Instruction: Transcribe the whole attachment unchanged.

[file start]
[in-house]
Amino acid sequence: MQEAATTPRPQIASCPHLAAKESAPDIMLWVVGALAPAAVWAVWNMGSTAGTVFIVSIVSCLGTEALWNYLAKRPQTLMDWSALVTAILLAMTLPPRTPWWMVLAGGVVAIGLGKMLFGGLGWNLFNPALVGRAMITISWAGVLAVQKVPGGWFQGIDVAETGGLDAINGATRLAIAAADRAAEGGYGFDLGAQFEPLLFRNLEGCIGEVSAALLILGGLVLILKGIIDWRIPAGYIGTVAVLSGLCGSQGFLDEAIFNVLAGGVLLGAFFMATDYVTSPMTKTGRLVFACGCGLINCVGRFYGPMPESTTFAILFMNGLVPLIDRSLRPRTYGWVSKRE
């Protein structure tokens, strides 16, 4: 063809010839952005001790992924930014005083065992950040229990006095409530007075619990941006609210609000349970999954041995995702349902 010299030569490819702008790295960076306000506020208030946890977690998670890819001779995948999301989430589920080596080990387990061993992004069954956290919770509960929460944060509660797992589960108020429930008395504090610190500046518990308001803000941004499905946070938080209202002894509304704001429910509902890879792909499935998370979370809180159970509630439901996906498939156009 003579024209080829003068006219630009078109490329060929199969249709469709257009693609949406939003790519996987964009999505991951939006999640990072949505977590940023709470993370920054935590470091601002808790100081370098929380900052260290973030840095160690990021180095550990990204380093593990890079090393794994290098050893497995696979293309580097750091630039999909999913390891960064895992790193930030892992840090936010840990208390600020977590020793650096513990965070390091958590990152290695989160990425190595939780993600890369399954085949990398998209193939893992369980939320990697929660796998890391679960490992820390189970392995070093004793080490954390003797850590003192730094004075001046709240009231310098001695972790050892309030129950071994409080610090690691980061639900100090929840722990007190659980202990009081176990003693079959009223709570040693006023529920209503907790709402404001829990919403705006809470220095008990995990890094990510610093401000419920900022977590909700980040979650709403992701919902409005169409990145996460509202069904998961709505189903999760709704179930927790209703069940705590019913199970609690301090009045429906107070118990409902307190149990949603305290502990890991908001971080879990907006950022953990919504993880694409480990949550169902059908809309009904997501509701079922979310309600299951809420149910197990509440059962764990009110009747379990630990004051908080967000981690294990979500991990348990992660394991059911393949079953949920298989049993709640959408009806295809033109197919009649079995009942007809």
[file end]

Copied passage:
[in-house]
Amino acid sequence: MQEAATTPRPQIASCPHLAAKESAPDIMLWVVGALAPAAVWAVWNMGSTAGTVFIVSIVSCLGTEALWNYLAKRPQTLMDWSALVTAILLAMTLPPRTPWWMVLAGGVVAIGLGKMLFGGLGWNLFNPALVGRAMITISWAGVLAVQKVPGGWFQGIDVAETGGLDAINGATRLAIAAADRAAEGGYGFDLGAQFEPLLFRNLEGCIGEVSAALLILGGLVLILKGIIDWRIPAGYIGTVAVLSGLCGSQGFLDEAIFNVLAGGVLLGAFFMATDYVTSPMTKTGRLVFACGCGLINCVGRFYGPMPESTTFAILFMNGLVPLIDRSLRPRTYGWVSKRE
């Protein structure tokens, strides 16, 4: 063809010839952005001790992924930014005083065992950040229990006095409530007075619990941006609210609000349970999954041995995702349902 010299030569490819702008790295960076306000506020208030946890977690998670890819001779995948999301989430589920080596080990387990061993992004069954956290919770509960929460944060509660797992589960108020429930008395504090610190500046518990308001803000941004499905946070938080209202002894509304704001429910509902890879792909499935998370979370809180159970509630439901996906498939156009 003579024209080829003068006219630009078109490329060929199969249709469709257009693609949406939003790519996987964009999505991951939006999640990072949505977590940023709470993370920054935590470091601002808790100081370098929380900052260290973030840095160690990021180095550990990204380093593990890079090393794994290098050893497995696979293309580097750091630039999909999913390891960064895992790193930030892992840090936010840990208390600020977590020793650096513990965070390091958590990152290695989160990425190595939780993600890369399954085949990398998209193939893992369980939320990697929660796998890391679960490992820390189970392995070093004793080490954390003797850590003192730094004075001046709240009231310098001695972790050892309030129950071994409080610090690691980061639900100090929840722990007190659980202990009081176990003693079959009223709570040693006023529920209503907790709402404001829990919403705006809470220095008990995990890094990510610093401000419920900022977590909700980040979650709403992701919902409005169409990145996460509202069904998961709505189903999760709704179930927790209703069940705590019913199970609690301090009045429906107070118990409902307190149990949603305290502990890991908001971080879990907006950022953990919504993880694409480990949550169902059908809309009904997501509701079922979310309600299951809420149910197990509440059962764990009110009747379990630990004051908080967000981690294990979500991990348990992660394991059911393949079953949920298989049993709640959408009806295809033109197919009649079995009942007809």